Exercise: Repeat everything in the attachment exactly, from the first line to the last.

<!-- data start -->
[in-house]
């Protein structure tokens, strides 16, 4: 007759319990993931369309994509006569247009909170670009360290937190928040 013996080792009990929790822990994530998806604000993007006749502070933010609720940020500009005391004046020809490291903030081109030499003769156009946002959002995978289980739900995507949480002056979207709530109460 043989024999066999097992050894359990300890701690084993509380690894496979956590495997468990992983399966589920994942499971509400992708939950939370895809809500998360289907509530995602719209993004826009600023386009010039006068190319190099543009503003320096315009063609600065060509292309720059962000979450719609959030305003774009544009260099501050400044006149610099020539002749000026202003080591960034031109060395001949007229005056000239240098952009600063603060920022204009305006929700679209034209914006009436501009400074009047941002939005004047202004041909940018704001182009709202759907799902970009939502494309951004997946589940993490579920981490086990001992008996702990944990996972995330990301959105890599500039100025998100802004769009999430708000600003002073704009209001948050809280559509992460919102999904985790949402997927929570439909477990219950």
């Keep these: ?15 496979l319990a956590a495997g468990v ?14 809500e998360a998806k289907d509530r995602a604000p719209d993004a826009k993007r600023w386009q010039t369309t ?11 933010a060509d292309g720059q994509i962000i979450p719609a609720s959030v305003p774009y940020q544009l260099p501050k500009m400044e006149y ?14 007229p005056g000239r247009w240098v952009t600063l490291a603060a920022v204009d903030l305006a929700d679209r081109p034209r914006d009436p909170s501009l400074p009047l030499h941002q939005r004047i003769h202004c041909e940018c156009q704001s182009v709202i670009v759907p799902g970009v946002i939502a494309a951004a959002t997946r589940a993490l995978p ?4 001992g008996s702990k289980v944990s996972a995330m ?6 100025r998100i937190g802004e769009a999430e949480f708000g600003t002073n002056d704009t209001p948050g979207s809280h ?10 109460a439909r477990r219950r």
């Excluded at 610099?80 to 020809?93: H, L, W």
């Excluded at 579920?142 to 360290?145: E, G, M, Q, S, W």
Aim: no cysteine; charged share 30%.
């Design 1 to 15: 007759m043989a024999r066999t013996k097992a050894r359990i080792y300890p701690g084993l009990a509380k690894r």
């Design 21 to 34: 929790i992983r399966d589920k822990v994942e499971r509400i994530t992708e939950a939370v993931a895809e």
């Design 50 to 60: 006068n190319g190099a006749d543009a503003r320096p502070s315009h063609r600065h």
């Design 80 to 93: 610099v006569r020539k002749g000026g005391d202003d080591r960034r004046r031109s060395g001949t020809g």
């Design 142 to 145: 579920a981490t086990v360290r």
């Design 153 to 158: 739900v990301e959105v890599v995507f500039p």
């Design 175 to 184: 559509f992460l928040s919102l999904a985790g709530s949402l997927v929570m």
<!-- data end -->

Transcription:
[in-house]
């Protein structure tokens, strides 16, 4: 007759319990993931369309994509006569247009909170670009360290937190928040 013996080792009990929790822990994530998806604000993007006749502070933010609720940020500009005391004046020809490291903030081109030499003769156009946002959002995978289980739900995507949480002056979207709530109460 043989024999066999097992050894359990300890701690084993509380690894496979956590495997468990992983399966589920994942499971509400992708939950939370895809809500998360289907509530995602719209993004826009600023386009010039006068190319190099543009503003320096315009063609600065060509292309720059962000979450719609959030305003774009544009260099501050400044006149610099020539002749000026202003080591960034031109060395001949007229005056000239240098952009600063603060920022204009305006929700679209034209914006009436501009400074009047941002939005004047202004041909940018704001182009709202759907799902970009939502494309951004997946589940993490579920981490086990001992008996702990944990996972995330990301959105890599500039100025998100802004769009999430708000600003002073704009209001948050809280559509992460919102999904985790949402997927929570439909477990219950």
């Keep these: ?15 496979l319990a956590a495997g468990v ?14 809500e998360a998806k289907d509530r995602a604000p719209d993004a826009k993007r600023w386009q010039t369309t ?11 933010a060509d292309g720059q994509i962000i979450p719609a609720s959030v305003p774009y940020q544009l260099p501050k500009m400044e006149y ?14 007229p005056g000239r247009w240098v952009t600063l490291a603060a920022v204009d903030l305006a929700d679209r081109p034209r914006d009436p909170s501009l400074p009047l030499h941002q939005r004047i003769h202004c041909e940018c156009q704001s182009v709202i670009v759907p799902g970009v946002i939502a494309a951004a959002t997946r589940a993490l995978p ?4 001992g008996s702990k289980v944990s996972a995330m ?6 100025r998100i937190g802004e769009a999430e949480f708000g600003t002073n002056d704009t209001p948050g979207s809280h ?10 109460a439909r477990r219950r």
């Excluded at 610099?80 to 020809?93: H, L, W």
């Excluded at 579920?142 to 360290?145: E, G, M, Q, S, W």
Aim: no cysteine; charged share 30%.
């Design 1 to 15: 007759m043989a024999r066999t013996k097992a050894r359990i080792y300890p701690g084993l009990a509380k690894r």
């Design 21 to 34: 929790i992983r399966d589920k822990v994942e499971r509400i994530t992708e939950a939370v993931a895809e």
């Design 50 to 60: 006068n190319g190099a006749d543009a503003r320096p502070s315009h063609r600065h």
């Design 80 to 93: 610099v006569r020539k002749g000026g005391d202003d080591r960034r004046r031109s060395g001949t020809g």
């Design 142 to 145: 579920a981490t086990v360290r």
């Design 153 to 158: 739900v990301e959105v890599v995507f500039p």
């Design 175 to 184: 559509f992460l928040s919102l999904a985790g709530s949402l997927v929570m």